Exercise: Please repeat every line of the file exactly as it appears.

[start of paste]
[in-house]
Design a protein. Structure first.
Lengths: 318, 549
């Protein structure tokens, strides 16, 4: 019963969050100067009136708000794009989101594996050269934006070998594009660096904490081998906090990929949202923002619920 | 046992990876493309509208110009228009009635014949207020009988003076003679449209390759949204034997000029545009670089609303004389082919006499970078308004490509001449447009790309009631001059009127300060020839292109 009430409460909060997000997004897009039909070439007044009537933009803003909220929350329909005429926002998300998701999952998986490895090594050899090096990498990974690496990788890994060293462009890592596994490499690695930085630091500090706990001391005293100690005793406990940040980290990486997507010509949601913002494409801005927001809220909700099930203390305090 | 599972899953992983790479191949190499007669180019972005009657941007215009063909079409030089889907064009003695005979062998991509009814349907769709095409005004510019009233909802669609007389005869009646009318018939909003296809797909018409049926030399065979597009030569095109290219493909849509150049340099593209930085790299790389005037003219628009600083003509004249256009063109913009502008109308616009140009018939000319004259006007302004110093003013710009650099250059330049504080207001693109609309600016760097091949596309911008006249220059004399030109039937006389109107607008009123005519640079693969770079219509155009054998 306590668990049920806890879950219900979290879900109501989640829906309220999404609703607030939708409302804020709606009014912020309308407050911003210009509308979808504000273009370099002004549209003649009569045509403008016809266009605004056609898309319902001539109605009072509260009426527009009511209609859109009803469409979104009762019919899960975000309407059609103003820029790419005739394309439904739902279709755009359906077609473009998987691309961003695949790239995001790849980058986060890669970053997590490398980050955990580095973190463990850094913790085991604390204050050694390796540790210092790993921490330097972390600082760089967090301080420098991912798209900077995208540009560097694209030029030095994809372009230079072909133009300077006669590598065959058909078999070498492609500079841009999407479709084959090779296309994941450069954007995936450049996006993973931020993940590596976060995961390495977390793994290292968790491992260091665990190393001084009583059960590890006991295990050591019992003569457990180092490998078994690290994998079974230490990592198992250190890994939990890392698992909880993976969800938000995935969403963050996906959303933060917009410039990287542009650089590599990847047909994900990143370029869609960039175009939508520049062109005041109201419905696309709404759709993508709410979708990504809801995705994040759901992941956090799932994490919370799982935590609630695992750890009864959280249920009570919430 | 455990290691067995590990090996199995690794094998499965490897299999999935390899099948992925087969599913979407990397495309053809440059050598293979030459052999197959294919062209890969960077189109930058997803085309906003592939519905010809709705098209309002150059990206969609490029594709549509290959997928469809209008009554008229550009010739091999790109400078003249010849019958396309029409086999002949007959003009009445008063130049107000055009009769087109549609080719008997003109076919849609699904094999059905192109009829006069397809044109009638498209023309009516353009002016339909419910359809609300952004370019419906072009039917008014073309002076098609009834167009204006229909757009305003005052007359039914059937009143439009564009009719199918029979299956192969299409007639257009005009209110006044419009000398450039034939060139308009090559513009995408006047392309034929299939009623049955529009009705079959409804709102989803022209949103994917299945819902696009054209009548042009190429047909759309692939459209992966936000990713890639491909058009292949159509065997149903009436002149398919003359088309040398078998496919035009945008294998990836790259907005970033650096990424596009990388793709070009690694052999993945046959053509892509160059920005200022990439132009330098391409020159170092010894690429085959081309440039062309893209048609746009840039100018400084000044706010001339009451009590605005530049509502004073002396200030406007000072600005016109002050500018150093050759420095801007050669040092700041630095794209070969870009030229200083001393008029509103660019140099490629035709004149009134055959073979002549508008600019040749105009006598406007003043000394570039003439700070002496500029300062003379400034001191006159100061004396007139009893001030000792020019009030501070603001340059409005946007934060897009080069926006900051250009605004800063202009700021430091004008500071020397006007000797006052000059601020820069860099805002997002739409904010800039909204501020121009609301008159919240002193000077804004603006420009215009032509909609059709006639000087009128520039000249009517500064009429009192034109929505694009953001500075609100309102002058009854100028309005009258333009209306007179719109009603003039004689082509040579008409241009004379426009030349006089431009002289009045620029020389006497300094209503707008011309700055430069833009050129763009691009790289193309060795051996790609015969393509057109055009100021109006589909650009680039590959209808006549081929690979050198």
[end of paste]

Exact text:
[in-house]
Design a protein. Structure first.
Lengths: 318, 549
């Protein structure tokens, strides 16, 4: 019963969050100067009136708000794009989101594996050269934006070998594009660096904490081998906090990929949202923002619920 | 046992990876493309509208110009228009009635014949207020009988003076003679449209390759949204034997000029545009670089609303004389082919006499970078308004490509001449447009790309009631001059009127300060020839292109 009430409460909060997000997004897009039909070439007044009537933009803003909220929350329909005429926002998300998701999952998986490895090594050899090096990498990974690496990788890994060293462009890592596994490499690695930085630091500090706990001391005293100690005793406990940040980290990486997507010509949601913002494409801005927001809220909700099930203390305090 | 599972899953992983790479191949190499007669180019972005009657941007215009063909079409030089889907064009003695005979062998991509009814349907769709095409005004510019009233909802669609007389005869009646009318018939909003296809797909018409049926030399065979597009030569095109290219493909849509150049340099593209930085790299790389005037003219628009600083003509004249256009063109913009502008109308616009140009018939000319004259006007302004110093003013710009650099250059330049504080207001693109609309600016760097091949596309911008006249220059004399030109039937006389109107607008009123005519640079693969770079219509155009054998 306590668990049920806890879950219900979290879900109501989640829906309220999404609703607030939708409302804020709606009014912020309308407050911003210009509308979808504000273009370099002004549209003649009569045509403008016809266009605004056609898309319902001539109605009072509260009426527009009511209609859109009803469409979104009762019919899960975000309407059609103003820029790419005739394309439904739902279709755009359906077609473009998987691309961003695949790239995001790849980058986060890669970053997590490398980050955990580095973190463990850094913790085991604390204050050694390796540790210092790993921490330097972390600082760089967090301080420098991912798209900077995208540009560097694209030029030095994809372009230079072909133009300077006669590598065959058909078999070498492609500079841009999407479709084959090779296309994941450069954007995936450049996006993973931020993940590596976060995961390495977390793994290292968790491992260091665990190393001084009583059960590890006991295990050591019992003569457990180092490998078994690290994998079974230490990592198992250190890994939990890392698992909880993976969800938000995935969403963050996906959303933060917009410039990287542009650089590599990847047909994900990143370029869609960039175009939508520049062109005041109201419905696309709404759709993508709410979708990504809801995705994040759901992941956090799932994490919370799982935590609630695992750890009864959280249920009570919430 | 455990290691067995590990090996199995690794094998499965490897299999999935390899099948992925087969599913979407990397495309053809440059050598293979030459052999197959294919062209890969960077189109930058997803085309906003592939519905010809709705098209309002150059990206969609490029594709549509290959997928469809209008009554008229550009010739091999790109400078003249010849019958396309029409086999002949007959003009009445008063130049107000055009009769087109549609080719008997003109076919849609699904094999059905192109009829006069397809044109009638498209023309009516353009002016339909419910359809609300952004370019419906072009039917008014073309002076098609009834167009204006229909757009305003005052007359039914059937009143439009564009009719199918029979299956192969299409007639257009005009209110006044419009000398450039034939060139308009090559513009995408006047392309034929299939009623049955529009009705079959409804709102989803022209949103994917299945819902696009054209009548042009190429047909759309692939459209992966936000990713890639491909058009292949159509065997149903009436002149398919003359088309040398078998496919035009945008294998990836790259907005970033650096990424596009990388793709070009690694052999993945046959053509892509160059920005200022990439132009330098391409020159170092010894690429085959081309440039062309893209048609746009840039100018400084000044706010001339009451009590605005530049509502004073002396200030406007000072600005016109002050500018150093050759420095801007050669040092700041630095794209070969870009030229200083001393008029509103660019140099490629035709004149009134055959073979002549508008600019040749105009006598406007003043000394570039003439700070002496500029300062003379400034001191006159100061004396007139009893001030000792020019009030501070603001340059409005946007934060897009080069926006900051250009605004800063202009700021430091004008500071020397006007000797006052000059601020820069860099805002997002739409904010800039909204501020121009609301008159919240002193000077804004603006420009215009032509909609059709006639000087009128520039000249009517500064009429009192034109929505694009953001500075609100309102002058009854100028309005009258333009209306007179719109009603003039004689082509040579008409241009004379426009030349006089431009002289009045620029020389006497300094209503707008011309700055430069833009050129763009691009790289193309060795051996790609015969393509057109055009100021109006589909650009680039590959209808006549081929690979050198």